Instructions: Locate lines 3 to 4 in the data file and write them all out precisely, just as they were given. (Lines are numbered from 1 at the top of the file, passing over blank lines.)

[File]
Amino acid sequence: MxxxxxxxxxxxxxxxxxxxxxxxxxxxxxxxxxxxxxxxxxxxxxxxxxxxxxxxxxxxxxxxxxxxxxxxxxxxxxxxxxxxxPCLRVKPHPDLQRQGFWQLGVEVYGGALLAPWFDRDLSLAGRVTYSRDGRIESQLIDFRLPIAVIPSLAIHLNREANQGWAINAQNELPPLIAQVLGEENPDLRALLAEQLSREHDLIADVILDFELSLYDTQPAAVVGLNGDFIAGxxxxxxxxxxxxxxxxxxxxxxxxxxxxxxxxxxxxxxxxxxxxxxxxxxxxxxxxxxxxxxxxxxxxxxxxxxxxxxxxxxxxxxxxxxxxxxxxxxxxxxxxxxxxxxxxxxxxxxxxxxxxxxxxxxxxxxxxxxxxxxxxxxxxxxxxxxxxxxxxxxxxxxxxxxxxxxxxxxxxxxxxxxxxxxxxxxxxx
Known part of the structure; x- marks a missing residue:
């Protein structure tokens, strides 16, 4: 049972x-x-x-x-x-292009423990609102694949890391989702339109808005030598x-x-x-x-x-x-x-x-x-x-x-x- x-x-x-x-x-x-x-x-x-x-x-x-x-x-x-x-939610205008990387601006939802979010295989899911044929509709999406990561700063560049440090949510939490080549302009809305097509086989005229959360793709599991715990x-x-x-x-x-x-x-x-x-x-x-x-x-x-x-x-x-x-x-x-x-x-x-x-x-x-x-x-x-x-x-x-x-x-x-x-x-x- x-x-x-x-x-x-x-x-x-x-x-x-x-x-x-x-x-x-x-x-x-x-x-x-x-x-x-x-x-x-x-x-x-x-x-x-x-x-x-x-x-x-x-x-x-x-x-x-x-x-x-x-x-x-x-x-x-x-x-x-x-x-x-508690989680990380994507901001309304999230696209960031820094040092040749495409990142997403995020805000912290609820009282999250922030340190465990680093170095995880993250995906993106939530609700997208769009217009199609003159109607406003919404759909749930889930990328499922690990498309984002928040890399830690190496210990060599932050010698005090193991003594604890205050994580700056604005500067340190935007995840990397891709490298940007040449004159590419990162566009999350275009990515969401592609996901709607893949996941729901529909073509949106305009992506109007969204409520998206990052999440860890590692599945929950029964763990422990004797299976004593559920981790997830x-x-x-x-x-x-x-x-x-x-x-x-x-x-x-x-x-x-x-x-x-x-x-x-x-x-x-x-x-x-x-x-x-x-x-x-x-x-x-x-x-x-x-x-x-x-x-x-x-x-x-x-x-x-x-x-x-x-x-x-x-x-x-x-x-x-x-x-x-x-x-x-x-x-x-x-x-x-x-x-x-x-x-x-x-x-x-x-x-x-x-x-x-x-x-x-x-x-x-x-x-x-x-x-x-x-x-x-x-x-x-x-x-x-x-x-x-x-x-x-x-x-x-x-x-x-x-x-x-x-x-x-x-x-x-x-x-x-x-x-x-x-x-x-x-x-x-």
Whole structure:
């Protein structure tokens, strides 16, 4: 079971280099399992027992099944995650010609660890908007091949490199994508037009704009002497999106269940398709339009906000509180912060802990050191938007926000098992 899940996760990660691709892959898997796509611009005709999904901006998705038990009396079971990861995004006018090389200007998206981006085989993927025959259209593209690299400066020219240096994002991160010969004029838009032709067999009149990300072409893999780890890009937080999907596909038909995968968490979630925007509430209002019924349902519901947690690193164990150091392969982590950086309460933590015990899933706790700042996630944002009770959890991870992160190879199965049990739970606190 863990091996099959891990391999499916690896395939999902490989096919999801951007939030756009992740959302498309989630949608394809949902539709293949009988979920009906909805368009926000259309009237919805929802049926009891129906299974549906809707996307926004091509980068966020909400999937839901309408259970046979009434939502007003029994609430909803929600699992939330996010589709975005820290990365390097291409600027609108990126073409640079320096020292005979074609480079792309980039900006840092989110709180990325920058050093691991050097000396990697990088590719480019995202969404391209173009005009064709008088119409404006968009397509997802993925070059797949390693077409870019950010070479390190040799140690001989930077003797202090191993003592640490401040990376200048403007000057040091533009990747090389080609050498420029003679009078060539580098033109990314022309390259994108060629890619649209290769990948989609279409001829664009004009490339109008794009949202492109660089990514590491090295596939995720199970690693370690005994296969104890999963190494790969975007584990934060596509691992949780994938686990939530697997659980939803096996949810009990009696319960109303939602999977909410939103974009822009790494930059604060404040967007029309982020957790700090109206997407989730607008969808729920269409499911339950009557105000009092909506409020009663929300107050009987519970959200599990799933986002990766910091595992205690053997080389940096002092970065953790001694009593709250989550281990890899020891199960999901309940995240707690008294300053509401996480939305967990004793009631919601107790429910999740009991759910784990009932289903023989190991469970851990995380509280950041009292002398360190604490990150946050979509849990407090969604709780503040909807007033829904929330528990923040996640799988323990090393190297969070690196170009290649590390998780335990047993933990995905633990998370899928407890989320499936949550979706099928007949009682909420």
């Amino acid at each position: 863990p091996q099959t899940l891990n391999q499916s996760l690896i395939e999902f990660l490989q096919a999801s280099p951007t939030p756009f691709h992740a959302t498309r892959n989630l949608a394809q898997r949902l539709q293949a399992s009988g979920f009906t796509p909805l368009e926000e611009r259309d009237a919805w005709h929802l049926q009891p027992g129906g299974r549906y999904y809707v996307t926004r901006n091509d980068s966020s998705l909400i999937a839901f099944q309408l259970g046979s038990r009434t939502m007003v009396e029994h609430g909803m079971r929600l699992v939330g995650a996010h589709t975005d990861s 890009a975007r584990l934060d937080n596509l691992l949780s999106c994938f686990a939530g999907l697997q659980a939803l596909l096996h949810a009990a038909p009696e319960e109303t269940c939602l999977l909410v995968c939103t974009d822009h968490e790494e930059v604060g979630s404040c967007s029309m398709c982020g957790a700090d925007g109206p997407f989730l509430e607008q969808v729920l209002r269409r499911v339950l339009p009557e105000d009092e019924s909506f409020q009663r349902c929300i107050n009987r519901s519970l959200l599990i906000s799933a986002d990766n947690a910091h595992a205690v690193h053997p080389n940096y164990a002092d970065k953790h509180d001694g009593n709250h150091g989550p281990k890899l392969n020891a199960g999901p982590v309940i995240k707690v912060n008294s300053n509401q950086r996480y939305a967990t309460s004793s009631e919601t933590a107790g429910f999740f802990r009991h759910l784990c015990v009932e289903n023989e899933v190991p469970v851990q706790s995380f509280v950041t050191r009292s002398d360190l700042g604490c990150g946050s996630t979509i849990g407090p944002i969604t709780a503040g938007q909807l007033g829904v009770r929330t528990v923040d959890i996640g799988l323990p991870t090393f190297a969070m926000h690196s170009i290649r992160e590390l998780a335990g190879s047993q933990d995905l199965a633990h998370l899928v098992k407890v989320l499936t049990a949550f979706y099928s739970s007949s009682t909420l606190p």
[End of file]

């Protein structure tokens, strides 16, 4: 049972x-x-x-x-x-292009423990609102694949890391989702339109808005030598x-x-x-x-x-x-x-x-x-x-x-x- x-x-x-x-x-x-x-x-x-x-x-x-x-x-x-x-939610205008990387601006939802979010295989899911044929509709999406990561700063560049440090949510939490080549302009809305097509086989005229959360793709599991715990x-x-x-x-x-x-x-x-x-x-x-x-x-x-x-x-x-x-x-x-x-x-x-x-x-x-x-x-x-x-x-x-x-x-x-x-x-x- x-x-x-x-x-x-x-x-x-x-x-x-x-x-x-x-x-x-x-x-x-x-x-x-x-x-x-x-x-x-x-x-x-x-x-x-x-x-x-x-x-x-x-x-x-x-x-x-x-x-x-x-x-x-x-x-x-x-x-x-x-x-x-508690989680990380994507901001309304999230696209960031820094040092040749495409990142997403995020805000912290609820009282999250922030340190465990680093170095995880993250995906993106939530609700997208769009217009199609003159109607406003919404759909749930889930990328499922690990498309984002928040890399830690190496210990060599932050010698005090193991003594604890205050994580700056604005500067340190935007995840990397891709490298940007040449004159590419990162566009999350275009990515969401592609996901709607893949996941729901529909073509949106305009992506109007969204409520998206990052999440860890590692599945929950029964763990422990004797299976004593559920981790997830x-x-x-x-x-x-x-x-x-x-x-x-x-x-x-x-x-x-x-x-x-x-x-x-x-x-x-x-x-x-x-x-x-x-x-x-x-x-x-x-x-x-x-x-x-x-x-x-x-x-x-x-x-x-x-x-x-x-x-x-x-x-x-x-x-x-x-x-x-x-x-x-x-x-x-x-x-x-x-x-x-x-x-x-x-x-x-x-x-x-x-x-x-x-x-x-x-x-x-x-x-x-x-x-x-x-x-x-x-x-x-x-x-x-x-x-x-x-x-x-x-x-x-x-x-x-x-x-x-x-x-x-x-x-x-x-x-x-x-x-x-x-x-x-x-x-x-």
Whole structure: